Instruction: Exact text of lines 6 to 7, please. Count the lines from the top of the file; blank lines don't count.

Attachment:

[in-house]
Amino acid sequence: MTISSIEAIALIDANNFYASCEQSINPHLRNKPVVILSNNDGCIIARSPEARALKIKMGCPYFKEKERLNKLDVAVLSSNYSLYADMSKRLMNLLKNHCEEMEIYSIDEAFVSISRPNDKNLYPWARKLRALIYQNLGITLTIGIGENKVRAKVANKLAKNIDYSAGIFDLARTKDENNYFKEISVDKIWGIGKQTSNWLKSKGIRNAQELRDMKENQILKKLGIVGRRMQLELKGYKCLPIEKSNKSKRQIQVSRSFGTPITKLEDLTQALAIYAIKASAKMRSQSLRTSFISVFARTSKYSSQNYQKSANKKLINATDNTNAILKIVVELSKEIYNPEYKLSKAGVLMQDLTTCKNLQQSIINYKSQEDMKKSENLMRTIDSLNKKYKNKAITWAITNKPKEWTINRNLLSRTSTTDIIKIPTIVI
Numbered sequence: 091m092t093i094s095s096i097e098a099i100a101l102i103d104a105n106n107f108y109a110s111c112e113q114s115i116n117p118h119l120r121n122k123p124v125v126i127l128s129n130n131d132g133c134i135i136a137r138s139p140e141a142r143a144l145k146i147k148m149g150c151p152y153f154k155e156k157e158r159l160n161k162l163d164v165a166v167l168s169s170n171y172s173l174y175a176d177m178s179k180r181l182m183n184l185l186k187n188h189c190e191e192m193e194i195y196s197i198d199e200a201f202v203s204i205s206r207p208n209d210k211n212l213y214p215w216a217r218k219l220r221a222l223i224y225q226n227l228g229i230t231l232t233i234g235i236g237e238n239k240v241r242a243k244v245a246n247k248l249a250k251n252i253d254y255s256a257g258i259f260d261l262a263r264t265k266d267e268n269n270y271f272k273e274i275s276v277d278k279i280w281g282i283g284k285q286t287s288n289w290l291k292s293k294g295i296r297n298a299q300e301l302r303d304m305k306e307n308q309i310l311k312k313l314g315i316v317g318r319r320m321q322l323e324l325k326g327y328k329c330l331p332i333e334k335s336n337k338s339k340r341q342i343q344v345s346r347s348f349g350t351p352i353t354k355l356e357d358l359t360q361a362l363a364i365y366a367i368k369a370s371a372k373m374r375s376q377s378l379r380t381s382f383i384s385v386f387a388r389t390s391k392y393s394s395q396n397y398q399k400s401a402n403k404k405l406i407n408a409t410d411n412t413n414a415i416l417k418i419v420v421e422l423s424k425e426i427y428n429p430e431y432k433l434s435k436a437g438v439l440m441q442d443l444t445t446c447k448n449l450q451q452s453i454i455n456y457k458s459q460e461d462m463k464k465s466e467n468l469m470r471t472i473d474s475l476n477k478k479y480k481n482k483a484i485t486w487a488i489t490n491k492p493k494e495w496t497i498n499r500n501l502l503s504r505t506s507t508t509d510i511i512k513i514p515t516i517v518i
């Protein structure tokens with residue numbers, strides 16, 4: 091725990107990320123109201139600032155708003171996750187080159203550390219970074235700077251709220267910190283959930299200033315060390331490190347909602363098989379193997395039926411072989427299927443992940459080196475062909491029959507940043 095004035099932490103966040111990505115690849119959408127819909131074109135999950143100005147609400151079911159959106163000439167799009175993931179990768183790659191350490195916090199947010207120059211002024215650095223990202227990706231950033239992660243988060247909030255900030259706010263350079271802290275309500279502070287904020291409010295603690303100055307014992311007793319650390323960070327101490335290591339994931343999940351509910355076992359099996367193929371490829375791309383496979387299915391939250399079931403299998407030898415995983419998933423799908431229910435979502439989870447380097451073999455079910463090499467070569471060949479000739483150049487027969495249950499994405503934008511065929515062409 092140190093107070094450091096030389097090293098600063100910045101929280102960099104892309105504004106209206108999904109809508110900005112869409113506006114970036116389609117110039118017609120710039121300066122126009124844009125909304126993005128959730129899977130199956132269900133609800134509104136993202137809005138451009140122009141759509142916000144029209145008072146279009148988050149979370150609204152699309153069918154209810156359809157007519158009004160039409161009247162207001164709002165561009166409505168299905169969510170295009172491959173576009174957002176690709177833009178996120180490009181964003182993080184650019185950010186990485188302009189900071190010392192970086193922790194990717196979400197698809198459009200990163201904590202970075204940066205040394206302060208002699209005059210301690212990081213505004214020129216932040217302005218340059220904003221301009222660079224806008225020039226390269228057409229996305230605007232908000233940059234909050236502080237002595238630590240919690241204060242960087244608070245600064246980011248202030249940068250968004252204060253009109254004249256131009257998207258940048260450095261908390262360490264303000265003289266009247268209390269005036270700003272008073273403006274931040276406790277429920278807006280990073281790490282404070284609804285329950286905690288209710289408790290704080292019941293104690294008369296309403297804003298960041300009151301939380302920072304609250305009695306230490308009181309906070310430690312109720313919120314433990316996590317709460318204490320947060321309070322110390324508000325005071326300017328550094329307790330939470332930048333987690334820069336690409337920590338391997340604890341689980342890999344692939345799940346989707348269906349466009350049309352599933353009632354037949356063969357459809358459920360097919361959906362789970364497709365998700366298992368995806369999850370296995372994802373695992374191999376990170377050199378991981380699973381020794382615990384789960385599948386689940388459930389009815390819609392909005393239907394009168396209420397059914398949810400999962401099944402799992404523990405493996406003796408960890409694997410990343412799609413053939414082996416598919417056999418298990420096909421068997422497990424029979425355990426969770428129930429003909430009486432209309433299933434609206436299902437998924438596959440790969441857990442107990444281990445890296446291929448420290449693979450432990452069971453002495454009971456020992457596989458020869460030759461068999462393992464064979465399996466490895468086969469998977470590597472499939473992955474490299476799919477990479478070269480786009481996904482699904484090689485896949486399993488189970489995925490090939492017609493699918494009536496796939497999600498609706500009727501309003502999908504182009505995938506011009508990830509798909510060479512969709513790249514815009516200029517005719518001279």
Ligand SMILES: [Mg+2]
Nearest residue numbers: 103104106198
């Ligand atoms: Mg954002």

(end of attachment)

Nearest residue numbers: 103104106198
């Ligand atoms: Mg954002």